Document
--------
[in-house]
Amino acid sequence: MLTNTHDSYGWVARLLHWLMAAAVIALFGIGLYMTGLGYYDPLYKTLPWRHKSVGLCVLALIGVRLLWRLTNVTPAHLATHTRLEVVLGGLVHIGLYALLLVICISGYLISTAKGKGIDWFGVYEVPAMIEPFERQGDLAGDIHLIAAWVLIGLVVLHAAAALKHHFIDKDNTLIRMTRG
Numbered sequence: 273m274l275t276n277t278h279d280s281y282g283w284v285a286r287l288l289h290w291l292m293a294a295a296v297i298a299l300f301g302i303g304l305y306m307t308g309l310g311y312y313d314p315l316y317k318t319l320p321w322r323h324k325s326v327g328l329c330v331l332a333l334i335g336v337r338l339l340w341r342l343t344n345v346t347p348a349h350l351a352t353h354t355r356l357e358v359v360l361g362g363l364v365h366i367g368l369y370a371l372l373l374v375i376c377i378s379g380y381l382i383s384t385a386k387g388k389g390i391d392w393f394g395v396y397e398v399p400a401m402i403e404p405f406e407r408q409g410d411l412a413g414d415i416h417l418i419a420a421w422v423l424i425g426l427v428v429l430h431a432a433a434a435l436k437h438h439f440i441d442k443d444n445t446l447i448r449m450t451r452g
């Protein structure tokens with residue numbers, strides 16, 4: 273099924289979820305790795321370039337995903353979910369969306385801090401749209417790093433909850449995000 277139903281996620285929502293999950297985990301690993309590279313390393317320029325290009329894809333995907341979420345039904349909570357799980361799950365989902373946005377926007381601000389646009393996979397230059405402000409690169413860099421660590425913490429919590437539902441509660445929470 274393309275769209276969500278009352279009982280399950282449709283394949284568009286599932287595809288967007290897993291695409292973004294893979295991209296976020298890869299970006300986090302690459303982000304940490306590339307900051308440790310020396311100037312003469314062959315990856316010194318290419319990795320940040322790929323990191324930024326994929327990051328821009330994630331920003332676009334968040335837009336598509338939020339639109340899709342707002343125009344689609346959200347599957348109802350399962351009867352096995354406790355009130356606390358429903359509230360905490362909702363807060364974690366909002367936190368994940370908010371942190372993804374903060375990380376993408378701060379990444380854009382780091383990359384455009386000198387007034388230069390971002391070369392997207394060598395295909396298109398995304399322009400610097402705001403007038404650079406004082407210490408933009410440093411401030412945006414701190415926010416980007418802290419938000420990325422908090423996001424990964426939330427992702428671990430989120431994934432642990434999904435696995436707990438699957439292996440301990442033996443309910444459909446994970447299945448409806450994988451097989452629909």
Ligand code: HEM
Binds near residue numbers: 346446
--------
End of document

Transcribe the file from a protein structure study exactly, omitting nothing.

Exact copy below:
[in-house]
Amino acid sequence: MLTNTHDSYGWVARLLHWLMAAAVIALFGIGLYMTGLGYYDPLYKTLPWRHKSVGLCVLALIGVRLLWRLTNVTPAHLATHTRLEVVLGGLVHIGLYALLLVICISGYLISTAKGKGIDWFGVYEVPAMIEPFERQGDLAGDIHLIAAWVLIGLVVLHAAAALKHHFIDKDNTLIRMTRG
Numbered sequence: 273m274l275t276n277t278h279d280s281y282g283w284v285a286r287l288l289h290w291l292m293a294a295a296v297i298a299l300f301g302i303g304l305y306m307t308g309l310g311y312y313d314p315l316y317k318t319l320p321w322r323h324k325s326v327g328l329c330v331l332a333l334i335g336v337r338l339l340w341r342l343t344n345v346t347p348a349h350l351a352t353h354t355r356l357e358v359v360l361g362g363l364v365h366i367g368l369y370a371l372l373l374v375i376c377i378s379g380y381l382i383s384t385a386k387g388k389g390i391d392w393f394g395v396y397e398v399p400a401m402i403e404p405f406e407r408q409g410d411l412a413g414d415i416h417l418i419a420a421w422v423l424i425g426l427v428v429l430h431a432a433a434a435l436k437h438h439f440i441d442k443d444n445t446l447i448r449m450t451r452g
């Protein structure tokens with residue numbers, strides 16, 4: 273099924289979820305790795321370039337995903353979910369969306385801090401749209417790093433909850449995000 277139903281996620285929502293999950297985990301690993309590279313390393317320029325290009329894809333995907341979420345039904349909570357799980361799950365989902373946005377926007381601000389646009393996979397230059405402000409690169413860099421660590425913490429919590437539902441509660445929470 274393309275769209276969500278009352279009982280399950282449709283394949284568009286599932287595809288967007290897993291695409292973004294893979295991209296976020298890869299970006300986090302690459303982000304940490306590339307900051308440790310020396311100037312003469314062959315990856316010194318290419319990795320940040322790929323990191324930024326994929327990051328821009330994630331920003332676009334968040335837009336598509338939020339639109340899709342707002343125009344689609346959200347599957348109802350399962351009867352096995354406790355009130356606390358429903359509230360905490362909702363807060364974690366909002367936190368994940370908010371942190372993804374903060375990380376993408378701060379990444380854009382780091383990359384455009386000198387007034388230069390971002391070369392997207394060598395295909396298109398995304399322009400610097402705001403007038404650079406004082407210490408933009410440093411401030412945006414701190415926010416980007418802290419938000420990325422908090423996001424990964426939330427992702428671990430989120431994934432642990434999904435696995436707990438699957439292996440301990442033996443309910444459909446994970447299945448409806450994988451097989452629909």
Ligand code: HEM
Binds near residue numbers: 346446